Trauma and Your Brain: Calming the Inner Tug-of-War
Remember back in grade school when two teams would compete against each other in a tug-of-war? Each team would pull as hard as they could to bring the other team down. A tug-of-war is about as uncooperative as you can get—you have two teams actively working against each other by pulling in opposite directions. Usually the rope stays almost stationary, not moving too far until one of the teams comes crashing down.
The Internal Tug-of-War of Survivors
Unfortunately, for survivors of childhood sexual abuse, this tug-of-war often goes on internally—and it never stops. Trauma can have a permanent effect on a survivor’s body. In his groundbreaking book The Body Keeps the Score, Bessel van der Kolk, an acclaimed psychiatrist, explains, “Trauma is not just an event that took place sometime in the past; it is also the imprint left by that experience on the mind, brain, and body.”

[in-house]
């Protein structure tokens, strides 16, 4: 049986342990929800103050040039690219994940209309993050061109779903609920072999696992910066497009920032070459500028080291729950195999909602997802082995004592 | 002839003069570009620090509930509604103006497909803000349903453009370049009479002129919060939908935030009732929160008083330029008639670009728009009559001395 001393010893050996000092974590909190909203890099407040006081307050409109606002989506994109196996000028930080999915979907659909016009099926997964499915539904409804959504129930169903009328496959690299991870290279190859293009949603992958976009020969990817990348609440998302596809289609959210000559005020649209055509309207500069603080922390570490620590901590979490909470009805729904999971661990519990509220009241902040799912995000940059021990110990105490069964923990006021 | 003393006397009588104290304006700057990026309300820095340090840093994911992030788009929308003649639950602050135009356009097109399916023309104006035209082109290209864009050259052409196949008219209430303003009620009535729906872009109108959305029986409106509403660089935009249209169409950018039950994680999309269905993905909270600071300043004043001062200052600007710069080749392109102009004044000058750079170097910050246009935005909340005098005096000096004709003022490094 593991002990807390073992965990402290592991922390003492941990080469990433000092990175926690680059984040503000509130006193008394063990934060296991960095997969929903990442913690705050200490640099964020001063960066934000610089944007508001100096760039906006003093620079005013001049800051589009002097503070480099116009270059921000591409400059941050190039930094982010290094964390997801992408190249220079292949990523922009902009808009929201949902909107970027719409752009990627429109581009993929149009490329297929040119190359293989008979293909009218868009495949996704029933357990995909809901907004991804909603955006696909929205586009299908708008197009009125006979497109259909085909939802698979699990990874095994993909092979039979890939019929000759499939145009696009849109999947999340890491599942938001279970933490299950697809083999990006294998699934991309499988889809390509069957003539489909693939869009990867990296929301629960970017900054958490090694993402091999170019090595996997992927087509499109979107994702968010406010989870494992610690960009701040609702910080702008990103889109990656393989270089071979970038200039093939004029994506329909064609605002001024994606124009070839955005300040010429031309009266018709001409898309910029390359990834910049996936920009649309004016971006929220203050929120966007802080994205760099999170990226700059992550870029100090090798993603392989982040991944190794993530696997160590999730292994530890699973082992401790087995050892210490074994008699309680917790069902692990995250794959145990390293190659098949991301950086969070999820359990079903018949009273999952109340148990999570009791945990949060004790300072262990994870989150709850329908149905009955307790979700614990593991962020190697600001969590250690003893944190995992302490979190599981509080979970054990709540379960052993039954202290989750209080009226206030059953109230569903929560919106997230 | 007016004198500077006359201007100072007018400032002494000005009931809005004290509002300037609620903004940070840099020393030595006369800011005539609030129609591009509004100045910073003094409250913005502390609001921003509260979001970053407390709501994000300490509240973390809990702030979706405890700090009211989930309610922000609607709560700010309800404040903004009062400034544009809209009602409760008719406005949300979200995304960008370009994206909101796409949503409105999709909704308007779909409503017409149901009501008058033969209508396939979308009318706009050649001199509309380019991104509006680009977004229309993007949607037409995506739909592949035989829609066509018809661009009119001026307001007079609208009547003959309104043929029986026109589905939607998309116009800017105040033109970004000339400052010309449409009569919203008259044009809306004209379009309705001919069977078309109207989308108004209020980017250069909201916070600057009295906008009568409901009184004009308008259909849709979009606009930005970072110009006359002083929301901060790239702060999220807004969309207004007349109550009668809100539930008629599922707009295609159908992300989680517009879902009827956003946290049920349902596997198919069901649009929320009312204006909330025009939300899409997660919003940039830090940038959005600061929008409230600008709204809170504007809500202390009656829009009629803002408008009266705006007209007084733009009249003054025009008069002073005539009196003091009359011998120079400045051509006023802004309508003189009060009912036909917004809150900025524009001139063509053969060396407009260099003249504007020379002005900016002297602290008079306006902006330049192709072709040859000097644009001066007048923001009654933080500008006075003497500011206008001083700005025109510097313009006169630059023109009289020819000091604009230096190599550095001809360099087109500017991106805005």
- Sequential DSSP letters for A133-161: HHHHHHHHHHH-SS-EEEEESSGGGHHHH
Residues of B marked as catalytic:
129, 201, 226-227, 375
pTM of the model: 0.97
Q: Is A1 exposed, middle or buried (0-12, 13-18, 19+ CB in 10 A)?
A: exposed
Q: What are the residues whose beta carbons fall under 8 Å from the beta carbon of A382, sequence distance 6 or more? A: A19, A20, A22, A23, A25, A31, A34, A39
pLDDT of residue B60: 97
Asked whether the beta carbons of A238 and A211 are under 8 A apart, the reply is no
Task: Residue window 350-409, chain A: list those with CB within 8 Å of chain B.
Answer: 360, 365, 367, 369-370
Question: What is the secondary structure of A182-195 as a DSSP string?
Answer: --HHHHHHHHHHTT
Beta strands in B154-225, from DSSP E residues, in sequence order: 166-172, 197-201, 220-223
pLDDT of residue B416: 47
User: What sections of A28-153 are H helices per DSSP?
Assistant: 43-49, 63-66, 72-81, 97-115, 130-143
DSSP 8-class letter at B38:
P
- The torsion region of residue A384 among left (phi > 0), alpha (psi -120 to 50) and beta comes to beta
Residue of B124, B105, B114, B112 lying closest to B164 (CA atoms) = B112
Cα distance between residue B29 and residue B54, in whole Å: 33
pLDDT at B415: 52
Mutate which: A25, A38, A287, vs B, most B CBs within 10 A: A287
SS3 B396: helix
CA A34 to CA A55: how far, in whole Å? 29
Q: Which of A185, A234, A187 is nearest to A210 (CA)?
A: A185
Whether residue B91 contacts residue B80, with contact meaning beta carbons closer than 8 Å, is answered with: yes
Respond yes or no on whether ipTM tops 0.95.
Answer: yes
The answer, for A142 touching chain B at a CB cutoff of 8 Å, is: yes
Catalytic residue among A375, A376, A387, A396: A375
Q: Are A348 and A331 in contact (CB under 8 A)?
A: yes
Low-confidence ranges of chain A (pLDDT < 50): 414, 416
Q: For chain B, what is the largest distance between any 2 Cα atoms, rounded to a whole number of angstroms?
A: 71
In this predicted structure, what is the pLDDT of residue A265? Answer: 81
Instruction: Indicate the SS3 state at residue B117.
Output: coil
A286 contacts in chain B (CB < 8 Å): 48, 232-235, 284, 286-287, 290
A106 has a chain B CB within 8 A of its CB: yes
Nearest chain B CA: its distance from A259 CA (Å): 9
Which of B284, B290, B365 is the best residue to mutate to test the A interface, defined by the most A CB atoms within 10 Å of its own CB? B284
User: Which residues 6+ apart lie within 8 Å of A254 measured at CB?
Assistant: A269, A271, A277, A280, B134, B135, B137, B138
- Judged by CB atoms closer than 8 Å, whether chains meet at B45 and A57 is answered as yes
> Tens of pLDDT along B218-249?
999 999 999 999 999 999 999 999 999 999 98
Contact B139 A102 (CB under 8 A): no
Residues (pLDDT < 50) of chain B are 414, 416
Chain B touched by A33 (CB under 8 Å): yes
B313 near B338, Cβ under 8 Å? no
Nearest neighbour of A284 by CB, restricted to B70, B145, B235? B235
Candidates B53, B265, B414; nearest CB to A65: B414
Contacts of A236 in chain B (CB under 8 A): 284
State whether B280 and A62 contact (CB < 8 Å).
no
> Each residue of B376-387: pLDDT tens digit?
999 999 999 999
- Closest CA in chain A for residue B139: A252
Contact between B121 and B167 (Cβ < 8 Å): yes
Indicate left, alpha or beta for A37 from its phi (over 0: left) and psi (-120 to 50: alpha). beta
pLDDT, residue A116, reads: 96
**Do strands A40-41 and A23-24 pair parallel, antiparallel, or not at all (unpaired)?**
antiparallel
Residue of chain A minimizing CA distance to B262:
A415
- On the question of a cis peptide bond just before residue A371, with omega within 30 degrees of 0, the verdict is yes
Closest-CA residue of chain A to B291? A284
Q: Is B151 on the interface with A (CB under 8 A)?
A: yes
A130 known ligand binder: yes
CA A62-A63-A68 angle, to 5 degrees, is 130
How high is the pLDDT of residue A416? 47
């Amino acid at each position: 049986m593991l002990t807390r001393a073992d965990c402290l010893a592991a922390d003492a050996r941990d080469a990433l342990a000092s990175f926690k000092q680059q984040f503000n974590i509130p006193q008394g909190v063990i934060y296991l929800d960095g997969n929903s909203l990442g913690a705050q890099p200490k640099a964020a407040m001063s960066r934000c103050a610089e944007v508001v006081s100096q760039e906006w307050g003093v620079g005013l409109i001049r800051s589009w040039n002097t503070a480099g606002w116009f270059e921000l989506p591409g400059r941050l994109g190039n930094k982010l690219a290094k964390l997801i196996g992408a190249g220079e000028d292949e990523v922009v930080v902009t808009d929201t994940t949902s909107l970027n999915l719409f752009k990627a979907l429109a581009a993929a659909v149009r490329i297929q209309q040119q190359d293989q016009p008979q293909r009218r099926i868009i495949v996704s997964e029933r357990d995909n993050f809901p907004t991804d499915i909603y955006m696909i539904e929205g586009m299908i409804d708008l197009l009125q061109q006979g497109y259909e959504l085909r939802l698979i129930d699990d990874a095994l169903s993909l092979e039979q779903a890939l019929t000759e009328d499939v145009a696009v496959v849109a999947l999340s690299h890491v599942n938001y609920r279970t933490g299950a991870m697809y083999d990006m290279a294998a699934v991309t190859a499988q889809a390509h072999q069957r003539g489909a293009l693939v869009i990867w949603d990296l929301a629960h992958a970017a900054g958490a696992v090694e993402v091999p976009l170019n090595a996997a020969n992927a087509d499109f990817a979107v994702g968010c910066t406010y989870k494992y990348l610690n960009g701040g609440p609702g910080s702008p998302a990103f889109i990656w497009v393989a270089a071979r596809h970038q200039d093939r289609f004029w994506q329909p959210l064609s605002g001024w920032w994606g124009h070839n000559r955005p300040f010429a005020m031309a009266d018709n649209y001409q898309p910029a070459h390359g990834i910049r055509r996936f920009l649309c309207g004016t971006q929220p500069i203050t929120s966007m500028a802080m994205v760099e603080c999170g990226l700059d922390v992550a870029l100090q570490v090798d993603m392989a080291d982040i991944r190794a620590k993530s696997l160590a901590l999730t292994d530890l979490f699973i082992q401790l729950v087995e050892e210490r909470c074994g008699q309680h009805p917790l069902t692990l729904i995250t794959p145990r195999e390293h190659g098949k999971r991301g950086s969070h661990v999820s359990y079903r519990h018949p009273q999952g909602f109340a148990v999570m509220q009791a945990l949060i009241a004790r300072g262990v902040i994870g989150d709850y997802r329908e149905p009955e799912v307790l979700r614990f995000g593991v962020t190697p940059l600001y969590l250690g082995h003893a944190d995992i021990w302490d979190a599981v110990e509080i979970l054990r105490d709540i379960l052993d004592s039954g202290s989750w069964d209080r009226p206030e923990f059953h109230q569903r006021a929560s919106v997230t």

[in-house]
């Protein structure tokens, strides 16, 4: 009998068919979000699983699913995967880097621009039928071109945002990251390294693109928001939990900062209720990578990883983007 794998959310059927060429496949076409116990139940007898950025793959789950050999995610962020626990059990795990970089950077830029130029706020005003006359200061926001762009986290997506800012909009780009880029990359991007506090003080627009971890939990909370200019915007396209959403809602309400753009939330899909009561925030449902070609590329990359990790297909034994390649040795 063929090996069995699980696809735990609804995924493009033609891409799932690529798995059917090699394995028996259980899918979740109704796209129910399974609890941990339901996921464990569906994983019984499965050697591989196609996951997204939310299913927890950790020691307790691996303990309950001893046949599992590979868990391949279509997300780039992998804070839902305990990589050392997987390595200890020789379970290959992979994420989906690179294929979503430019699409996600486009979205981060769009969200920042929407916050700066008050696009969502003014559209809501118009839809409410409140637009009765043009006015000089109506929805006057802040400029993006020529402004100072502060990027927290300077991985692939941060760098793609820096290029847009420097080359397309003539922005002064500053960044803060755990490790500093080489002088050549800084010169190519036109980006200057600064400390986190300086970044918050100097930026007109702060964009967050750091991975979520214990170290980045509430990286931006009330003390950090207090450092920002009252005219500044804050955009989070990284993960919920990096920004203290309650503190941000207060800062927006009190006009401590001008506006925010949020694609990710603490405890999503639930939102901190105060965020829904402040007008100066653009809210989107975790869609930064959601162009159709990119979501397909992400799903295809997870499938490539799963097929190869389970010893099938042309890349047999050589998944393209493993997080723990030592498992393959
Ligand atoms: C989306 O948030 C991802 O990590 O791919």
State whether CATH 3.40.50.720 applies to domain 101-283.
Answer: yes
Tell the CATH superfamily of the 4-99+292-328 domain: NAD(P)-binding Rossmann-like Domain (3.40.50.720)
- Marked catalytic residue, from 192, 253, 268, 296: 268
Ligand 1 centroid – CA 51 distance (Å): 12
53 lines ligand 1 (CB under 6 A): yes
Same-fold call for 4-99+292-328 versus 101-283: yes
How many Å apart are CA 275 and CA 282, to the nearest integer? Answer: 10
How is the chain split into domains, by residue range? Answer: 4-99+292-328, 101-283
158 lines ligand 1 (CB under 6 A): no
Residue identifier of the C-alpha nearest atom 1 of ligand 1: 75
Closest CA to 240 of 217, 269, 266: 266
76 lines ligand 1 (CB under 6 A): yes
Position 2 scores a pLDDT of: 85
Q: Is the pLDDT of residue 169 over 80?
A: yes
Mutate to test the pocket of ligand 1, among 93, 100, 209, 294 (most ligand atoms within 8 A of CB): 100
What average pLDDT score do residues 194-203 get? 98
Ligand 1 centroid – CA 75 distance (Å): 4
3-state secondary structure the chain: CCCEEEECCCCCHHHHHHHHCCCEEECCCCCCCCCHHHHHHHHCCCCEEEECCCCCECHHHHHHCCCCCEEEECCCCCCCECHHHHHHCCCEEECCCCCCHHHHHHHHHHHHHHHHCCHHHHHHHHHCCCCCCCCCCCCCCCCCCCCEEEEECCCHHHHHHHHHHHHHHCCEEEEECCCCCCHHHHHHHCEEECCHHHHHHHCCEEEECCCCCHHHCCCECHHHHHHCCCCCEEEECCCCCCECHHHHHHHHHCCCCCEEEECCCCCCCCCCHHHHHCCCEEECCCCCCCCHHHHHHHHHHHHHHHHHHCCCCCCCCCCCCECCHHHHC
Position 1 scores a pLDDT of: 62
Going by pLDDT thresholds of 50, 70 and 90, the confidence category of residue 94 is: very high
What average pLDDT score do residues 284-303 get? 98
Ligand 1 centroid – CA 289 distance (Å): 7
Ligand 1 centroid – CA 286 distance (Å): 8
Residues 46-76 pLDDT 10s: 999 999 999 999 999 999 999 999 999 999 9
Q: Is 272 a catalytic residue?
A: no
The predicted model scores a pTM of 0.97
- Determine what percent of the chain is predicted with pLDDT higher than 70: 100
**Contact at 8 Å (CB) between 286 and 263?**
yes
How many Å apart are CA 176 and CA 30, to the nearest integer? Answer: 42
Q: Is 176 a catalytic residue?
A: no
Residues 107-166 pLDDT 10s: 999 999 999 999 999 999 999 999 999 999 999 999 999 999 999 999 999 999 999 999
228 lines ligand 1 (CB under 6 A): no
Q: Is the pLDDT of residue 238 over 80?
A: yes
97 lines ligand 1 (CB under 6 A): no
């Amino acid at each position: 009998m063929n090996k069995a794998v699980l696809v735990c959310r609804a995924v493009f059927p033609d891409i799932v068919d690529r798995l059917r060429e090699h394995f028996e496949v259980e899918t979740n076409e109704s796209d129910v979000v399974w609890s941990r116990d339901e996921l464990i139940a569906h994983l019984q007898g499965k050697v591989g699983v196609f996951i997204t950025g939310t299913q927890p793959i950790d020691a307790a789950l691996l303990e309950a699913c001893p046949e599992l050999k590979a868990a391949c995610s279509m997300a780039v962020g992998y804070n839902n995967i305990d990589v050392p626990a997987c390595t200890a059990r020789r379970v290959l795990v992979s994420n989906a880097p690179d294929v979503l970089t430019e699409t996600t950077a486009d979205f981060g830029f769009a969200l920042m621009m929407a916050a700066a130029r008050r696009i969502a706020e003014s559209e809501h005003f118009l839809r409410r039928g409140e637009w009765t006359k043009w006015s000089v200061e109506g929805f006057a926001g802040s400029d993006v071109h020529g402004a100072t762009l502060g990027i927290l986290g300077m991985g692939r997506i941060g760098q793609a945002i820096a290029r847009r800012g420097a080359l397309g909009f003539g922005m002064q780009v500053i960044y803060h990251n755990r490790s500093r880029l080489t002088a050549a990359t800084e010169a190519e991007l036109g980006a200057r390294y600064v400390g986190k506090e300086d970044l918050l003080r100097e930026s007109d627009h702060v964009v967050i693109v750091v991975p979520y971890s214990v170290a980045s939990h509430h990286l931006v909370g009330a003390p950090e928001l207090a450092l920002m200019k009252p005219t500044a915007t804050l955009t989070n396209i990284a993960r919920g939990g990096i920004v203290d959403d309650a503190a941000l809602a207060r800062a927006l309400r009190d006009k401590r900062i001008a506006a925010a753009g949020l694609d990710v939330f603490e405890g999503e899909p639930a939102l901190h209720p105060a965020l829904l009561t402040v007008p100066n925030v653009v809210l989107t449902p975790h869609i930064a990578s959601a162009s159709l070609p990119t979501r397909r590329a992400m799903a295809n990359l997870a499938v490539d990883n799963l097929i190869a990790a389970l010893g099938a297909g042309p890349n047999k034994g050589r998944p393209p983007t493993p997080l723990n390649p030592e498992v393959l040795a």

This imprint can cause you to have conflicting reactions to situations in your daily life. For example, if you see someone who reminds you of your perpetrator, one part of you screams that you need to run while another part tells you to stay put because you’re safe. Your body experiences an internal tug-of-war where two teams are fighting for opposite goals. Van der Kolk explains that this battle within leads to “physical discomfort and psychological misery.” As a survivor, you’ve probably experienced this battle and know how frustrating it can be.
The services we offer to survivors at The Younique Foundation work to calm this internal tug-of-war. You can train your mind and body to work together to have healthy and helpful reactions to the situations you’re in.
If you feel like you’re currently experiencing a tug-of-war within your body and mind, know that you can change. The 5 Strategies to Reclaim Hope are a good place to start, and The Haven Retreat offers a variety of experiences and services designed especially for you. We’re here to help you along the way in your healing journey.